Congressional leaders are reportedly begining to close in on an agreement for a $900 billion COVID-19 relief deal that could include more stimulus checks.
NBC News writes that the package is currently in the process of being finalized, and will include more federal jobless benefits, support for small businesses, and money to help distribute COVID-19 vaccines. The stimulus payment amount has yet to be determined, with some indicating it could be at least $600 per person. The last stimulus checks were up to $1,200 depending on the individual's income, and other aides have suggested the new round could be higher than $600. So far, negotiators have reportedly not settled on any income cap for the payments.
"It's not a done deal yet. But we are very close," said Senate Minority Leader Chuck Schumer on Wednesday.
"We made major headway toward hammering out a targeted pandemic relief package that would be able to pass both chambers with bipartisan majorities," added Senate Majority Leader Mitch McConnell. "We committed to continuing these urgent discussions until we have an agreement, and we agreed we will not leave town until we've made law."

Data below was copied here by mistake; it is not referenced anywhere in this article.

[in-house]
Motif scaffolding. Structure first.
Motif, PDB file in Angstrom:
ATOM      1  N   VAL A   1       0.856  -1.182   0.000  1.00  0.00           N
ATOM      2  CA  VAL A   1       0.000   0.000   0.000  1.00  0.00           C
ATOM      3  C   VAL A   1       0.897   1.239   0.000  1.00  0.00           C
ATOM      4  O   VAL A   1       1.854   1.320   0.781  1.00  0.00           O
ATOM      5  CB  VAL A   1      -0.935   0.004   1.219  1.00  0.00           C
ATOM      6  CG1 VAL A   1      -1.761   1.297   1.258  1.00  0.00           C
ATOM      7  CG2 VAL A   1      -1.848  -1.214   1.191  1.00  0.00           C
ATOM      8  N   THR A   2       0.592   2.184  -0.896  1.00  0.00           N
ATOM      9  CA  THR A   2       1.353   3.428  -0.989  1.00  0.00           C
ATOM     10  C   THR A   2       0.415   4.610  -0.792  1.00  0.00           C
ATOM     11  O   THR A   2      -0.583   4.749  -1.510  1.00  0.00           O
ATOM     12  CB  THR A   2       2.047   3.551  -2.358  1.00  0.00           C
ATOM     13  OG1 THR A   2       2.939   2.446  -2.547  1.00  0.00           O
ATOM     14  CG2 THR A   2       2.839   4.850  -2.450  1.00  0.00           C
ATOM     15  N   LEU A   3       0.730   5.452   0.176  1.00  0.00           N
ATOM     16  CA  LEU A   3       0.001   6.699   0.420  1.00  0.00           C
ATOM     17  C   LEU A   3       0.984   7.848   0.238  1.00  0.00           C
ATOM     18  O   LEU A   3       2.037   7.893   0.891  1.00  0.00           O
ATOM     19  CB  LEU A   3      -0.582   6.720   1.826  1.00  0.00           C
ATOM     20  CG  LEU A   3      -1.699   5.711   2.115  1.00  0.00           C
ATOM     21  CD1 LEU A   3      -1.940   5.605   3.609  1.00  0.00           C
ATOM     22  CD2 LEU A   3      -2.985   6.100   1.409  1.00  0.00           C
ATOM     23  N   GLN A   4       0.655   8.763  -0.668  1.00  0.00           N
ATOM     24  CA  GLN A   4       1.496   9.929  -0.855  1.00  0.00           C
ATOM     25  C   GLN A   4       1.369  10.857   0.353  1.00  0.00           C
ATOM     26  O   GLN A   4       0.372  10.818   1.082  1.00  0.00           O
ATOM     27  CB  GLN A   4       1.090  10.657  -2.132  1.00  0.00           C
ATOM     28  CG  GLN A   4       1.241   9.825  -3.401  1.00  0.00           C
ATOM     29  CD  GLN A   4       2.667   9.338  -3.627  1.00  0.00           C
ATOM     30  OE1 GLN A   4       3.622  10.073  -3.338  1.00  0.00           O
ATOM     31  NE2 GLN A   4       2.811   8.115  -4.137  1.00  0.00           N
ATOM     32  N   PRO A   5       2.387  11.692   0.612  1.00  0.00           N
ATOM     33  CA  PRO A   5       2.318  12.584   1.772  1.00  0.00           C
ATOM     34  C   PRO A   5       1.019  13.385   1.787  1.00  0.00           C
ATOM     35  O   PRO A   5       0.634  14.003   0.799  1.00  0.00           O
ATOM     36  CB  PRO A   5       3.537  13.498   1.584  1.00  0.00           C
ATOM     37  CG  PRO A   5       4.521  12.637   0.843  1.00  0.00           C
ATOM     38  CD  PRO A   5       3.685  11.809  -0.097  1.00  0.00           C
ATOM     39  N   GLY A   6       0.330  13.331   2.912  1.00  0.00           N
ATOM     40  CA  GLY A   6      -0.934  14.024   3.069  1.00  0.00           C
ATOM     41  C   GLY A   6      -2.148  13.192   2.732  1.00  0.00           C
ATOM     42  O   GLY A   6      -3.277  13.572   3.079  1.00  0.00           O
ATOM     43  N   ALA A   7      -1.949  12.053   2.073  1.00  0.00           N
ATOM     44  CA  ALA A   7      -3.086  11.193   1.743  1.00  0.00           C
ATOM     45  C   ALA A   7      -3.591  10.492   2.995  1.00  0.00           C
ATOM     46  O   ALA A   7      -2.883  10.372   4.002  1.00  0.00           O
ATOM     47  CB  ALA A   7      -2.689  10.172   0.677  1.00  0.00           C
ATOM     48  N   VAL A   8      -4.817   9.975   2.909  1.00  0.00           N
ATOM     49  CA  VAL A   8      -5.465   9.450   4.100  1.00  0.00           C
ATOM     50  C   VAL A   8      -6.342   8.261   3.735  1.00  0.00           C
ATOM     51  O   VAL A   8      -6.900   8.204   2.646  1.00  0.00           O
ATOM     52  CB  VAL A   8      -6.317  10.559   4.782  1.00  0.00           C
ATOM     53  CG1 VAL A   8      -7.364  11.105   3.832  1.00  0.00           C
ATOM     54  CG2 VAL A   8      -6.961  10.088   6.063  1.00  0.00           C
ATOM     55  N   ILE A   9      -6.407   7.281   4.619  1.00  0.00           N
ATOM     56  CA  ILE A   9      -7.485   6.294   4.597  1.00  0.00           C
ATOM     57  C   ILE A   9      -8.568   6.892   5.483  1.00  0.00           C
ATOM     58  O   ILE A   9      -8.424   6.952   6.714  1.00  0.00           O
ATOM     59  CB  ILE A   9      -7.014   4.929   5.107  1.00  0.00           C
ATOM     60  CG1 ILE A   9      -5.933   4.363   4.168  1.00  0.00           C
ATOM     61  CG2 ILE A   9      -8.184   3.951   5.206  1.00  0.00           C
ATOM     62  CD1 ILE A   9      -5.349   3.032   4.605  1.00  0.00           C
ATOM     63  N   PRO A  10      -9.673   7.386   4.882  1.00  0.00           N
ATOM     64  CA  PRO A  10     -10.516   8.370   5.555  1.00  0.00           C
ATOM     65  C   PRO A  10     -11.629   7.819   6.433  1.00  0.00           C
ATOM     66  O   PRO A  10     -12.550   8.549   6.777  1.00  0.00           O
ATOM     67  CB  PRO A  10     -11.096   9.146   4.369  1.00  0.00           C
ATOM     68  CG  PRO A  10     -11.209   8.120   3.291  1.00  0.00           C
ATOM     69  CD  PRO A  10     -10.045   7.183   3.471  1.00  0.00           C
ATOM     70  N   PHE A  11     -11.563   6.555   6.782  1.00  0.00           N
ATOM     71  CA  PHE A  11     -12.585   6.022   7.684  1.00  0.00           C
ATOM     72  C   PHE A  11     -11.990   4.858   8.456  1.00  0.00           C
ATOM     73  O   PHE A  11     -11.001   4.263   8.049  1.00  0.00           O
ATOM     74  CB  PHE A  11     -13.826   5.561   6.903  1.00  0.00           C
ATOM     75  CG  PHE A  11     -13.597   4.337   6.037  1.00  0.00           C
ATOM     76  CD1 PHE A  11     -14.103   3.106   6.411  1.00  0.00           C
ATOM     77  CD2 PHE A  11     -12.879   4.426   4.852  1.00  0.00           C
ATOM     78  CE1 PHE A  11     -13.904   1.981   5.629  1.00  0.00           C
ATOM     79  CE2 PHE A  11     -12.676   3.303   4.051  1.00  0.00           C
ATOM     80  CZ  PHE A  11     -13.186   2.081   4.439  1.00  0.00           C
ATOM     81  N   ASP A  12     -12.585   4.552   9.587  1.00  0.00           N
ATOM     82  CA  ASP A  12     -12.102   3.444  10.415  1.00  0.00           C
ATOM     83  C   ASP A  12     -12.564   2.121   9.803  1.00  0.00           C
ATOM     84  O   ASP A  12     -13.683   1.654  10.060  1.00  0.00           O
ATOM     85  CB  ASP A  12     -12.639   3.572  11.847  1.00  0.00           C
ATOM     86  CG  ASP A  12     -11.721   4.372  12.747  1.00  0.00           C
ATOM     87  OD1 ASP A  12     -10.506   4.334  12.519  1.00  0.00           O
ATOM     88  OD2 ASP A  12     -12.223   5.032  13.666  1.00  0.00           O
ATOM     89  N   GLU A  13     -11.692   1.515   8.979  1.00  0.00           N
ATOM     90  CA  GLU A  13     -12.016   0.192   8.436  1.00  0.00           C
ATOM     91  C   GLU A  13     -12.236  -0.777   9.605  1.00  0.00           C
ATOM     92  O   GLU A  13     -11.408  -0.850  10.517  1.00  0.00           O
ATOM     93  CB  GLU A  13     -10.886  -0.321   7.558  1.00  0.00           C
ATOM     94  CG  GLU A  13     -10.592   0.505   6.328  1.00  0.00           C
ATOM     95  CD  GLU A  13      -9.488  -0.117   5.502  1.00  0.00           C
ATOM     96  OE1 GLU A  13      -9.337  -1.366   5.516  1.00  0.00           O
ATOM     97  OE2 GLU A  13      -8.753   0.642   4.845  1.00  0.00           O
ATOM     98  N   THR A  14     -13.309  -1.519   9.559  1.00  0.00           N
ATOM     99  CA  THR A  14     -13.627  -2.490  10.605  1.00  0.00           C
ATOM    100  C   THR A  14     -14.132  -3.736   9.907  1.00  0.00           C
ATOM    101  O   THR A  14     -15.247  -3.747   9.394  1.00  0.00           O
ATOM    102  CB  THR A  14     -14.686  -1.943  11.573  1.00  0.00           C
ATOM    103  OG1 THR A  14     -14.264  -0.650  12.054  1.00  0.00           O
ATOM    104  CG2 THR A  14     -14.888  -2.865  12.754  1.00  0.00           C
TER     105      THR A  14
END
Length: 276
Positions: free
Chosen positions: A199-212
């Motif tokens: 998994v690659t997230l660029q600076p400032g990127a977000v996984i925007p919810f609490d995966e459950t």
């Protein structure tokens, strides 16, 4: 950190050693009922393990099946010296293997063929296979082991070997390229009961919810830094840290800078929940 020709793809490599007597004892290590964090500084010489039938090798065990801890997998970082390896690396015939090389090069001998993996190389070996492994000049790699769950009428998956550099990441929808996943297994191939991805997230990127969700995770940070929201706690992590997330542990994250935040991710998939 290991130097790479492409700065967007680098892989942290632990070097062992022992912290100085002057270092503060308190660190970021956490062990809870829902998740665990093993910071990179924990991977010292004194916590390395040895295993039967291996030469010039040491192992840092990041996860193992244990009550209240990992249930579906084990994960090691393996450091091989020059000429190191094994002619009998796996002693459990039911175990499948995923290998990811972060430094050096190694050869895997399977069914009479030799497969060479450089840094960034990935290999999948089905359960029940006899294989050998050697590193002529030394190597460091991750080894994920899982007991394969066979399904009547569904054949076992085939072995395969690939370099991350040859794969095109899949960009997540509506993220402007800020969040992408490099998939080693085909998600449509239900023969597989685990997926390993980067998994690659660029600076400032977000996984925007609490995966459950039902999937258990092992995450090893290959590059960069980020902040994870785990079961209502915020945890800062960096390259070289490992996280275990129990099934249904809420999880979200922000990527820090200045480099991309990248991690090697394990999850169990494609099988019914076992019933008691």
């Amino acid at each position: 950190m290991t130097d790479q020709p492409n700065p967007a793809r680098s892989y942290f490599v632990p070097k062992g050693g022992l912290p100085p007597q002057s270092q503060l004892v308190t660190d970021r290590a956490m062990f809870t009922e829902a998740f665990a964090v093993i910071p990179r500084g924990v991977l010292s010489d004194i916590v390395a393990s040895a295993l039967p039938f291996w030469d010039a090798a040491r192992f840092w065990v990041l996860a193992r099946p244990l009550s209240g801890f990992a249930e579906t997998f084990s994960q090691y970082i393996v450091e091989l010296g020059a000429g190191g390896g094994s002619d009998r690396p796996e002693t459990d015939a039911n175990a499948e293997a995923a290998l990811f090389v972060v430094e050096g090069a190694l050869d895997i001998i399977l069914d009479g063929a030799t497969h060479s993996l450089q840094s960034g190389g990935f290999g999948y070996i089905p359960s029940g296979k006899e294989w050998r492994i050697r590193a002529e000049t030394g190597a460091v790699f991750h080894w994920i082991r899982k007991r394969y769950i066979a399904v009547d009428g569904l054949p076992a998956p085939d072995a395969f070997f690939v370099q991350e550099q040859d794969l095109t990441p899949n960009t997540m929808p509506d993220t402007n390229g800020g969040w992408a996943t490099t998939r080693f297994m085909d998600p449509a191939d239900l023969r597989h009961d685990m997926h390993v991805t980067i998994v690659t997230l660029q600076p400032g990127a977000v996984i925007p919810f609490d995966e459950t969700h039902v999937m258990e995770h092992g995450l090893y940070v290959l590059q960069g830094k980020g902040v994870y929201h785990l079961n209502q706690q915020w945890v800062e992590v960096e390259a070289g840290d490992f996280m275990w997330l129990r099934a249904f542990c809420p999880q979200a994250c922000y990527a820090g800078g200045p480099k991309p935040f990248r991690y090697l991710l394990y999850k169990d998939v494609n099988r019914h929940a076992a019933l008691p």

The news comes after multiple holdups on the new stimulus package, including Trump delaying the negotiations until after the Nov. 3 election.
"Of course there is a strong desire to ensure that there are direct payments to everyday Americans who have been struggling month after month," said House Democratic Caucus Chair Hakeem Jeffries in a press conference.
Plans for the stimulus package started earlier this week with no direct payments included in the negotiations, but numerous House progressives have put pressure on congressional leaders to include them. Trump, in fact, has supported more stimulus checks, as has Sen. Bernie Sanders.
"Hopefully the package comes together," said Senate Majority Whip John Thune on Wednesday. "The House will move on it first and then we'll get it over here, and we can wrap things up."
It is expected the deal will be sorted out by Friday, Dec. 18, which is the deadline to pass legislation to keep the government funded. "As far as the deadline on Friday—it could, I mean by the time everything gets processed but I think there's a real incentive to get it done by then," added Thune. "I think both sides are sufficiently motivated given the time of the year and everything that's at stake and trying to get virus relief out there."